A number of previous studies have provided justification for measuring CA19-9 levels in patients with advanced pancreatic cancer receiving either chemotherapy or radiation, both for prognostic and for monitoring purposes. Patients with higher CA19-9 levels prior to initiation of chemoradiation for locally advanced disease have poorer outcomes in terms of both response rates and overall survival (Ikeda et al, 2001
; Micke et al, 2003b
). A lower CA19-9 level following completion of chemoradiation also appears to correlate with survival (Micke et al, 2003a
). Furthermore, the degree of change in CA19-9 levels during radiotherapy may indicate how well a patient will fare, with two separate studies demonstrating that either a 50 or a 75% biomarker decline correlates with improved median survival time (Katz et al, 1998
; Okusaka et al, 1998
With the widespread use of gemcitabine as the mainstay of treatment in patients with advanced pancreatic cancer, recent reports have begun to examine CA19-9 response to gemcitabine-based treatments and whether kinetics of CA19-9 can serve as a predictor of response to such treatments. A small retrospective study by Saad et al (2002)
of 28 patients with advanced pancreatic cancer treated with gemcitabine found that lower pretreatment levels of CA19-9, as well as a
50% decline in CA19-9 anytime during treatment, correlated with better survival rates. Halm et al (2000)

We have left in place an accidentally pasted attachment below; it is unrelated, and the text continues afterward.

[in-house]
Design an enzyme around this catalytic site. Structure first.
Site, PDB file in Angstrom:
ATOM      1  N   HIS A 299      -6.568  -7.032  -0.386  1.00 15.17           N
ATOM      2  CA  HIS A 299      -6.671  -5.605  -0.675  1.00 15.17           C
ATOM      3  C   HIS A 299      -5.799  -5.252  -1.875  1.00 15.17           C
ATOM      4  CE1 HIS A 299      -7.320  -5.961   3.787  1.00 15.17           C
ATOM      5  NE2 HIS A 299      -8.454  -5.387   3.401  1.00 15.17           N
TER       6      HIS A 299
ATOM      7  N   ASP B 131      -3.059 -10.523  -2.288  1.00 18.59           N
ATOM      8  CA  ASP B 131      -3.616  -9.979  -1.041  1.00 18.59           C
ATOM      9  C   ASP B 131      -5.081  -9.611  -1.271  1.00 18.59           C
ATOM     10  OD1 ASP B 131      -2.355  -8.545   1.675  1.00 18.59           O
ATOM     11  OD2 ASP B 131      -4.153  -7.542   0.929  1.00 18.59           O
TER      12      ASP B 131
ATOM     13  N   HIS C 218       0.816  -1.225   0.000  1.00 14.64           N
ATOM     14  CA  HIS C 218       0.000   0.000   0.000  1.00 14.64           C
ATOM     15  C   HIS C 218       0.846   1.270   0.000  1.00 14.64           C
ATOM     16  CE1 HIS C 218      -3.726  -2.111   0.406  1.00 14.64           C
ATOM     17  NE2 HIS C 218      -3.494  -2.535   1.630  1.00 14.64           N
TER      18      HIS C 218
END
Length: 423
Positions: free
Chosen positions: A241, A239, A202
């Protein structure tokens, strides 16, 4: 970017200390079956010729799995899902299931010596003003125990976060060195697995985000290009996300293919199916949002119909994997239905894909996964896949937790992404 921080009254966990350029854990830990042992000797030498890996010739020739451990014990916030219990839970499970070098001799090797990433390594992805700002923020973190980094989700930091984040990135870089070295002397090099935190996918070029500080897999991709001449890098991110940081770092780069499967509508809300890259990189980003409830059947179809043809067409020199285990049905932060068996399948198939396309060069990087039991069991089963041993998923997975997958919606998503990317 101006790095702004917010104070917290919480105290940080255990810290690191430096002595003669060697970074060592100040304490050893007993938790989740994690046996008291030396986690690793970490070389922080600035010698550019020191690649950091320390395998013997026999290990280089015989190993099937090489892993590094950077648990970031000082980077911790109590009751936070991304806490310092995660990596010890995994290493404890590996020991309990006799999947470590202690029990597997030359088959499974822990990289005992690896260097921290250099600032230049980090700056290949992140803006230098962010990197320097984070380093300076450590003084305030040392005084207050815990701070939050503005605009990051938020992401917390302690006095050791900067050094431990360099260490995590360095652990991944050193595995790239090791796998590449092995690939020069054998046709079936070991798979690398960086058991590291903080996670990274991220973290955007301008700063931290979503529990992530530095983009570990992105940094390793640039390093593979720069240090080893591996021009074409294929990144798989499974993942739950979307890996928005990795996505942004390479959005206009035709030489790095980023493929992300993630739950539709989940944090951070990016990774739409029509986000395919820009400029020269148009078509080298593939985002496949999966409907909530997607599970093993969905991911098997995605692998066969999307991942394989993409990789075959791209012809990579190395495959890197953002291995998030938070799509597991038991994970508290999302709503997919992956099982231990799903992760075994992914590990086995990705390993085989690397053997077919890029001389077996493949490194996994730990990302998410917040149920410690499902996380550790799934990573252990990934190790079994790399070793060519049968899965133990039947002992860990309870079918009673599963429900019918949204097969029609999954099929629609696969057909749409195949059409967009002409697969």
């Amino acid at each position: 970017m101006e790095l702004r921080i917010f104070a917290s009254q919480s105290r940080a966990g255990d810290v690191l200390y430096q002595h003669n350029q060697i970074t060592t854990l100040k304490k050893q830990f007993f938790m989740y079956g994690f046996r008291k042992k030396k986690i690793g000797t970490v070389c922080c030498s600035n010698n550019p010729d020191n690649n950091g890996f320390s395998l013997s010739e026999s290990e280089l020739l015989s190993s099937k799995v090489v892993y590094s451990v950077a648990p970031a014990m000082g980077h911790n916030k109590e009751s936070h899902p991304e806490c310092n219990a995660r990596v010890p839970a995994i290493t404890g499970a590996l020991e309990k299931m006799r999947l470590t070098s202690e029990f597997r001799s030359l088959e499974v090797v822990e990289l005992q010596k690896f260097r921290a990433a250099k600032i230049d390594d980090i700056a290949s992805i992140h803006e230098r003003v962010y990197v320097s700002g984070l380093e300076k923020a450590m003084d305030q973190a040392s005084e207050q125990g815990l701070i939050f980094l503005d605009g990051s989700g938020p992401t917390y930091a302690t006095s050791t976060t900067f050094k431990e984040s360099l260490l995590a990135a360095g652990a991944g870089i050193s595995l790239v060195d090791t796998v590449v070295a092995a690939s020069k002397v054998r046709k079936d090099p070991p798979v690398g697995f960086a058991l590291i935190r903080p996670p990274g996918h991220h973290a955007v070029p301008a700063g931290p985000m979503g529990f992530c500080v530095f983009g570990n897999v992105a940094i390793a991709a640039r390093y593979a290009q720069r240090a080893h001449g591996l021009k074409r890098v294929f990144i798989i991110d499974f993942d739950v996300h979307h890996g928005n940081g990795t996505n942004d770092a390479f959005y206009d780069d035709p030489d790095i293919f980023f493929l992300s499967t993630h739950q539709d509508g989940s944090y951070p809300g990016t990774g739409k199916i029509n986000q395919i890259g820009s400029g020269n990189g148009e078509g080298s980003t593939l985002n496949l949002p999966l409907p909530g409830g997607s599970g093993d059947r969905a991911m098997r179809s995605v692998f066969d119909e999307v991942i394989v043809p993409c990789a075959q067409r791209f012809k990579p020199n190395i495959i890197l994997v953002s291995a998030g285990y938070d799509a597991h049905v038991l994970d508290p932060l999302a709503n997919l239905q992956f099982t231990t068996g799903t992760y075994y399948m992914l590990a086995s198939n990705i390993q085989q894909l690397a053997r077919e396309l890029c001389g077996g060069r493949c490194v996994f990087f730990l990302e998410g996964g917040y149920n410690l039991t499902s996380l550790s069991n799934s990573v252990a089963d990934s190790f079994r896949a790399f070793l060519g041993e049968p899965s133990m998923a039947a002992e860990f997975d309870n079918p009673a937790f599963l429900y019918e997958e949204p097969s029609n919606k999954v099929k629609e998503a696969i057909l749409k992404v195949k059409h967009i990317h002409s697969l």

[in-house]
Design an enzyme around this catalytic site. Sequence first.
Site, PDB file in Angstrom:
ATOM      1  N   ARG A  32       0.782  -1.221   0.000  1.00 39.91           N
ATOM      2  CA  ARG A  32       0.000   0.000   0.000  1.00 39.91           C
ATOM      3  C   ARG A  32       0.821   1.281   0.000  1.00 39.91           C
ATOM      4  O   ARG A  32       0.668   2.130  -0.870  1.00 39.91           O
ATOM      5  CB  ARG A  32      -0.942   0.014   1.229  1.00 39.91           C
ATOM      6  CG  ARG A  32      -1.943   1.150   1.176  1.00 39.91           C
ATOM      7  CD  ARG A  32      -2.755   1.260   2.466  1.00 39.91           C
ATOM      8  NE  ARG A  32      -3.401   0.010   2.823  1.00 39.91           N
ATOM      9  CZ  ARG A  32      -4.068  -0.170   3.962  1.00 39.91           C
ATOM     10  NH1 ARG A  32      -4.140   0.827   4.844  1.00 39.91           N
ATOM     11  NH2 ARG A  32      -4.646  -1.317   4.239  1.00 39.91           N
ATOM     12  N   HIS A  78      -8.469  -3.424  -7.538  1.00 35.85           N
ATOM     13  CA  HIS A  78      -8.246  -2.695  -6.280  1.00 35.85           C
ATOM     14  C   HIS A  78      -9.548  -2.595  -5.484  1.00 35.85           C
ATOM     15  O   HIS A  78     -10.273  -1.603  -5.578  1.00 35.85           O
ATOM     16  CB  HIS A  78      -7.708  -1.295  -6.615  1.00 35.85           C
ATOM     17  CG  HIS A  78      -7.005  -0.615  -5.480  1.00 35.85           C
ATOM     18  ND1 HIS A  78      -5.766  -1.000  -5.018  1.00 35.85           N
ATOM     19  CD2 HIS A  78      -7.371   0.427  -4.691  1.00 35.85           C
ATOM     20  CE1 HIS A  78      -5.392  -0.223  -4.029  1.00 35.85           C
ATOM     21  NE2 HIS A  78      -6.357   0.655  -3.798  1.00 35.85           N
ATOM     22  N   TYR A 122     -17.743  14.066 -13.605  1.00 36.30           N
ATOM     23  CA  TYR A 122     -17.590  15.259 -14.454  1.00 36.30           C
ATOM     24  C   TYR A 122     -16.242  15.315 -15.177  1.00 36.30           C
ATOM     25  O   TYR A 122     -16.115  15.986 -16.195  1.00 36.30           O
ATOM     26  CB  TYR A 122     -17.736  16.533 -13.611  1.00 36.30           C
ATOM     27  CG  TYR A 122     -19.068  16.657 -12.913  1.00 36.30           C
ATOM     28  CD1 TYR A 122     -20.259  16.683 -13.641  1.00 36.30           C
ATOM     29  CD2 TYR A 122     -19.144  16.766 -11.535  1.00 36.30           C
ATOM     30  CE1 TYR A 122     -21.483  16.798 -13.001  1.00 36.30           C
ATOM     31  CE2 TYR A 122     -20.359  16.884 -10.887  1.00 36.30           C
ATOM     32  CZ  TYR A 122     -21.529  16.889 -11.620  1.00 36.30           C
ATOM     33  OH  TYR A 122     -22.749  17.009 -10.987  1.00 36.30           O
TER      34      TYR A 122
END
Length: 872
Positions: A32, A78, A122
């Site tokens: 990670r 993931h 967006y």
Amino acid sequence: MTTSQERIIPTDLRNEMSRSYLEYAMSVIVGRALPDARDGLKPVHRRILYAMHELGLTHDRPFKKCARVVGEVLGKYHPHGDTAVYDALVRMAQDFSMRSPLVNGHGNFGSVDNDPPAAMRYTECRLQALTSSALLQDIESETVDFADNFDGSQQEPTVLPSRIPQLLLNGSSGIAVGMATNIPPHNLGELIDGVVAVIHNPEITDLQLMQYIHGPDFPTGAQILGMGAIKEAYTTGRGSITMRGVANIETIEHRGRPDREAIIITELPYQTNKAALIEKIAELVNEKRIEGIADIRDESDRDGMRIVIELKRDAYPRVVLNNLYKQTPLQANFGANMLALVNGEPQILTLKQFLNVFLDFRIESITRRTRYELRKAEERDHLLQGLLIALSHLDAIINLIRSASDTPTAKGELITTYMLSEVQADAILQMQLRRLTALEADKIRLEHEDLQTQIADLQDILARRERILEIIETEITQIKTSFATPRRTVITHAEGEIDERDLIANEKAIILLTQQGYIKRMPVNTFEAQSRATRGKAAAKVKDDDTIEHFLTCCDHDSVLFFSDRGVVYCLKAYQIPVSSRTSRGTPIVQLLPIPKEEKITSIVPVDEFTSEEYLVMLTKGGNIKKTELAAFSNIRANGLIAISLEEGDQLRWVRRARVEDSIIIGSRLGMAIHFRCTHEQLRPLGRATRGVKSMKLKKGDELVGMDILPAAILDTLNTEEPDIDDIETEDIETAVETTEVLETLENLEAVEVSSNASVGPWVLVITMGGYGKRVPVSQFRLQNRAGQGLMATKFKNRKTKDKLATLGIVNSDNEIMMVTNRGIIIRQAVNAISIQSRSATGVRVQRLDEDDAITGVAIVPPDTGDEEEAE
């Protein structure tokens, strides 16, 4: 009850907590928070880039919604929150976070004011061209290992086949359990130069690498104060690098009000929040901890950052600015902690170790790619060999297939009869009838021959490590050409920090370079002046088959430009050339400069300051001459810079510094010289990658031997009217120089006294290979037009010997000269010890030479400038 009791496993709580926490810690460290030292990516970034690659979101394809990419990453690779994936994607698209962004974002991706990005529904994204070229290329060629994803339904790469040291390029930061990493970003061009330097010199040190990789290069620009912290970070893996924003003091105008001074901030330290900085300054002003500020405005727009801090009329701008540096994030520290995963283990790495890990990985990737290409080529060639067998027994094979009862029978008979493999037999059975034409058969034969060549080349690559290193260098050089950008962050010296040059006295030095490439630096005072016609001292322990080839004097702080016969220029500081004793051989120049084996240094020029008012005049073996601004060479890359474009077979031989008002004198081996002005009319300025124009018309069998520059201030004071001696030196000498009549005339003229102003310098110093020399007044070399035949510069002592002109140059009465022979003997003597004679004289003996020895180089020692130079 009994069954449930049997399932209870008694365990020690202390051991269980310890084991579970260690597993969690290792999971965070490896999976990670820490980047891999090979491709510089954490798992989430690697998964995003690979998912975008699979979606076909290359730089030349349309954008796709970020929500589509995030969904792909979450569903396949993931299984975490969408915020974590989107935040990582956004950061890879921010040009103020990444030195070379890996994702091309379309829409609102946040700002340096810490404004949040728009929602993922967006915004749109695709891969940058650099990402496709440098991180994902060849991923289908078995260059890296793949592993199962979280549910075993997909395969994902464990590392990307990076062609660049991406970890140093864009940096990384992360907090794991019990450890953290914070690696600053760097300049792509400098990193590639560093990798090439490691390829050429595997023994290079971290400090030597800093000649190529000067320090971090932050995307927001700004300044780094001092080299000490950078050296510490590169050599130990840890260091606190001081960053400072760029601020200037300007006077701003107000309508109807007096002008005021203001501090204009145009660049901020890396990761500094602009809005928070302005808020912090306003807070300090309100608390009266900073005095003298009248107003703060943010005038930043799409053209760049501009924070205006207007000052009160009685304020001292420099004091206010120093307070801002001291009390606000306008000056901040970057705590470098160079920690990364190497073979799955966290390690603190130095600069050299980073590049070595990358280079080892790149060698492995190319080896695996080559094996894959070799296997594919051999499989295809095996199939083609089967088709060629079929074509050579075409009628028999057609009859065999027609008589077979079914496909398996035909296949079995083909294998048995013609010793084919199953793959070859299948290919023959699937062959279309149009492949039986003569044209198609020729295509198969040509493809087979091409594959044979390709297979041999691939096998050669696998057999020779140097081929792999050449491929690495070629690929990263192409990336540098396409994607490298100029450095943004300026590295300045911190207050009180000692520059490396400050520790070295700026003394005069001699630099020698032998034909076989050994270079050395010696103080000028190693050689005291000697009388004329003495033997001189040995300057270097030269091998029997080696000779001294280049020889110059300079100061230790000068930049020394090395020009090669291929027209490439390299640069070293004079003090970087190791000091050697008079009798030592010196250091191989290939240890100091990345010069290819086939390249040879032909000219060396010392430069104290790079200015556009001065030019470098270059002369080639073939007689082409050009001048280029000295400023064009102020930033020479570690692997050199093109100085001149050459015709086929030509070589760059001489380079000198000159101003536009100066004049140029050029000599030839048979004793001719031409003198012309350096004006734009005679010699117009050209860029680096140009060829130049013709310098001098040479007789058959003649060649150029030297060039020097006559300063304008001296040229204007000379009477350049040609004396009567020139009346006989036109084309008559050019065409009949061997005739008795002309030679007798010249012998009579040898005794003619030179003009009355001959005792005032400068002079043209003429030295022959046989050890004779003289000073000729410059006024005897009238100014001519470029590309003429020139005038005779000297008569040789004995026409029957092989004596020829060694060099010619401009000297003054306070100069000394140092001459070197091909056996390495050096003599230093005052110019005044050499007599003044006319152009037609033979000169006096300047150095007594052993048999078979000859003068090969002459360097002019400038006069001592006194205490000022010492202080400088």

examined 43 unresectable patients receiving gemcitabine treatment and found that those with a >20% decrease of their baseline CA19-9 level after 8 weeks of treatment had a longer median survival than those with a rise or a decrease <20% (268 vs
110 days), a finding confirmed by Ziske et al (2003)
. This biomarker response was in fact the only independent predictor of survival in a multivariate analysis, showing a greater level of significance than either objective tumour response or clinical benefit response (Ziske et al, 2003
). Heinemann and colleagues, meanwhile, collected CA19-9 data from patients with advanced pancreatic cancer receiving treatment on a study protocol using a combination of cisplatin and gemcitabine (Stemmler et al, 2003
). CA19-9 responders, defined as those with a
50% decrease in CA19-9 levels within 2 months after the start of treatment, survived significantly longer than CA19-9 nonresponders (295 vs
174 days, P
Our study represents the first to examine whether changes in CA19-9 correlate with clinical outcomes in patients with advanced pancreatic cancer treated with FDR gemcitabine. Infusion of gemcitabine at an FDR is a strategy intended to optimise pharmacokinetics of the drug (Grunewald et al, 1990
). In a recently published randomised phase II study, Tempero et al (2003)
reported that administration of gemcitabine by FDR infusion resulted in superior outcomes in patients with advanced pancreatic cancer compared to administration of this drug by standard 30-min infusion.
We were specifically interested in examining how changes in CA19-9 during treatment with FDR gemcitabine correlate with clinical outcomes. Our response criteria were purposely broad in that a decline from baseline in CA19-9 at any point in time after initiation of treatment, whether early or late, was counted as a biomarker response, although a significant proportion of patients who responded did so within the first 2 months of therapy. While we specifically did not require a sustained biomarker response for the purposes of this study, all but seven patients did have a sustained decline in CA19-9 confirmed over two consecutive measurements. Analysis of our data even recategorising those seven patients as nonresponders did not affect the strong correlations found in this study.